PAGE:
If you’re running a content-focused site and you’ve recently revamped your content and added extensive, well-planned internal linking, this number should go up. This metric is especially important for blogs and the like, because it shows you how long it takes the average user to lose interest in your site. If they’ve read four articles by the time they leave, that’s great, but if they leave within the first two paragraphs of the first article, there’s something that needs fixing.

Session duration can be misleading though, because a user randomly wandering around your site isn’t necessarily a meaningful interaction. For your most important pages (like your homepage and your landing pages) you’ll want to look separately at your time spent on page for those pages. Your site might be entertaining to your users, but it wouldn’t have much ‘influence’ if they navigate away the moment you ask them to convert. This brings us to the next critical metric.

Conversion rate

This metric only applies to pages which have a desirable consumer action at their center. For example an article about sneakers that features a subtle ad that you want your users clicking on, or a page offering them a free e-book if they subscribe to your newsletter.

The segment of your audience that clicks that link or enters in their email are the ones you’re doing the best job of influencing, so in a way this gives you an idea about how much you can expect similar future pages to convert as well. A high conversion rate means people have faith in your brand, and that your users trust you.

Pages per session

Pages per session represent how ‘deep’ a user gets into your site before they navigate away from it. If they’re browsing page after page, that’s a sign that they trust you, and that you’ve managed to keep their interest piqued throughout their journey.

If users rarely stay at your site for more than one page, that could mean you’re advertising through the wrong channels, or your content doesn’t have enough internal linking. Both amount to wasted influence, so you’ll want to keep an eye on your pages per session.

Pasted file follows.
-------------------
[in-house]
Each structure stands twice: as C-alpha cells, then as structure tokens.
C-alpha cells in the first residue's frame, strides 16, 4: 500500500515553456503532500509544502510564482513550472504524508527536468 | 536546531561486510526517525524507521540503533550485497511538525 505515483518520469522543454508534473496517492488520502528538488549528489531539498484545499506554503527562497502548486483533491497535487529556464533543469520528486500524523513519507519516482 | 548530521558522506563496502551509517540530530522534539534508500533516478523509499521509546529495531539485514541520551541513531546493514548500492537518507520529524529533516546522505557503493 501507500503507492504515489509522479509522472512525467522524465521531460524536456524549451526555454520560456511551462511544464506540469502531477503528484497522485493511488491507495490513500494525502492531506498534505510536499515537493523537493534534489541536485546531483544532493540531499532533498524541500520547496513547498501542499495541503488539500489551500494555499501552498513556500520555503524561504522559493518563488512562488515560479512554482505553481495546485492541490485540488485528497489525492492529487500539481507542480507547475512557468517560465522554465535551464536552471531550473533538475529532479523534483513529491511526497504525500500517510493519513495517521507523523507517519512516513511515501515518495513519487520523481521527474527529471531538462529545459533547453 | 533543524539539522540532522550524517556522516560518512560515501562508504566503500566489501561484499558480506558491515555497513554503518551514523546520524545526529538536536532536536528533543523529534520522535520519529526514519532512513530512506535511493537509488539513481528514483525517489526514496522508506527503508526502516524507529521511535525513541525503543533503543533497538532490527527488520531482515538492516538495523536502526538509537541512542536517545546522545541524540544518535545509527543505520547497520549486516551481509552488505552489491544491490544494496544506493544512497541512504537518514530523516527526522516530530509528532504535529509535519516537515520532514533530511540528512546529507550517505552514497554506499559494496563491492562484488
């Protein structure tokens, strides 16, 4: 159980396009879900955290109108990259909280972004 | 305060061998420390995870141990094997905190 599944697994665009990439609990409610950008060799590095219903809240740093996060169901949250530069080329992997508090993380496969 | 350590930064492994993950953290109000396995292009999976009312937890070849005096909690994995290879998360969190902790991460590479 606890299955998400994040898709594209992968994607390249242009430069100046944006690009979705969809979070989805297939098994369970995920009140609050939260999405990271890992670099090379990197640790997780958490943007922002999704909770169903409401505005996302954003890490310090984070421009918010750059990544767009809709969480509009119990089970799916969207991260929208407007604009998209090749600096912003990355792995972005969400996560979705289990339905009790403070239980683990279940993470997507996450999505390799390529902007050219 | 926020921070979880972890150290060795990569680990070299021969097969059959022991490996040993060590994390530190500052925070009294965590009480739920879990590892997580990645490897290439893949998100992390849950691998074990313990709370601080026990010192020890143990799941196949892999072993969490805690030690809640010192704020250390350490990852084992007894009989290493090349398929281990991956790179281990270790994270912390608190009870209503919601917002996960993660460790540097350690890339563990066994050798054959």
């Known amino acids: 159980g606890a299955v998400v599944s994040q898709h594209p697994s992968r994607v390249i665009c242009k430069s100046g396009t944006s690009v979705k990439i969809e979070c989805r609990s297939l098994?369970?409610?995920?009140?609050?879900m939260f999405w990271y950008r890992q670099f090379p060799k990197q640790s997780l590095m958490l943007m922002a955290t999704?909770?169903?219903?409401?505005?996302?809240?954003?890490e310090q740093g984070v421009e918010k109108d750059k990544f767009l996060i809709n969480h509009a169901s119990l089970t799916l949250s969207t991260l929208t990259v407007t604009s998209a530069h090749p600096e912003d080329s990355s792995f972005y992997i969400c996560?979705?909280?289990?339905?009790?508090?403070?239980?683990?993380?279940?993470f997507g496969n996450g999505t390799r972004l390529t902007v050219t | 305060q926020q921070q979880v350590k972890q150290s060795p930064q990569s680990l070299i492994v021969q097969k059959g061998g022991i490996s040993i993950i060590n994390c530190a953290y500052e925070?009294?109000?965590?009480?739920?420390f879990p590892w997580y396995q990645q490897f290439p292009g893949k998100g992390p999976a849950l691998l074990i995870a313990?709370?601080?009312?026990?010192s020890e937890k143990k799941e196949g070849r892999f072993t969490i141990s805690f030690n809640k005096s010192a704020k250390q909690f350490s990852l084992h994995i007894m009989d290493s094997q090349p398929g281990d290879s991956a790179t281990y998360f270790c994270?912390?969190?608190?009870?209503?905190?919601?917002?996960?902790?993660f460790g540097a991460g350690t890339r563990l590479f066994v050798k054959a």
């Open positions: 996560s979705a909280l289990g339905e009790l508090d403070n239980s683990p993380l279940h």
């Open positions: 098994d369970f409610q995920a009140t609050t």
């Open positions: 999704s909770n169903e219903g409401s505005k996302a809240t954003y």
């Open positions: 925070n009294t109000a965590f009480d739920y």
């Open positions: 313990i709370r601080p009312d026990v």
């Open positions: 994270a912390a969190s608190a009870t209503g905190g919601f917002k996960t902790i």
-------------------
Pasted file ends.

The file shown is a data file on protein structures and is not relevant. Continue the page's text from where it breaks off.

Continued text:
Social media performance

2. Social Media Performance

Unlike web performance, social media performance is quite tricky. Things aren’t quite as black and white as a larger number being better than a smaller number, and the different measures that apply are difficult to compare. For example, how do ‘like’ reacts compare to ‘care’ reacts on Facebook or how many Instagram followers do you think a Twitter profile is worth?

And that’s not even getting into the sentiment analysis aspect of things. If one post has only a single positive comment and another has 20 negative comments, it gets tricky to decide which post is the better between them.

On one hand the former has overwhelmingly positive feedback, on the other, the latter was 20 times more engaging than the former.

Services like Demandbase and Brandwatch let you measure online influence through a social lens in terms of several metrics. They factor in things like engagement, outreach, effectiveness and more to tell you how well you’re doing on social media and how much clout you have with your average user.

Social media influence is all about how regularly you post relevant and credible content.

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The Qualitative Approach

3. Building Authority and Trust

The other side of measuring your online influence and outreach is understanding the nature of your connection with your users. More specifically what brings them to you, and what keeps them with you. To evaluate these things, you’re best off polling your audience or conducting a survey.

Key questions to look at are:

  • Do my users trust my site?
  • What do my users expect from my site?
  • Do my users view me as an authority in my domain?

The answers to these questions will form the persona of your influence, in a way. It’ll give you an idea of what you represent to your users, thereby letting you know what qualities of your blog or website content play into this favorably, and which ones don’t.

Measure Your Online Influence

Knowing how to measure your online influence is extremely important for anyone looking to sustain a presence on the internet, as this is crucial to being able to make the most of your connection with your audience.

As for making that connection in itself, well, that’s a matter of producing the kind of content that captivates users and motivates them to keep coming back for more. If you need help with your website or blog’s content, we are more than happy to help.

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Frank Johnson

Frank Johnson

Frank is a content manager at CDP with a team of experienced writers that helps clients establish their online presence through high-quality content. In his free time, he indulges in magic and playing with his pet Chihuahua.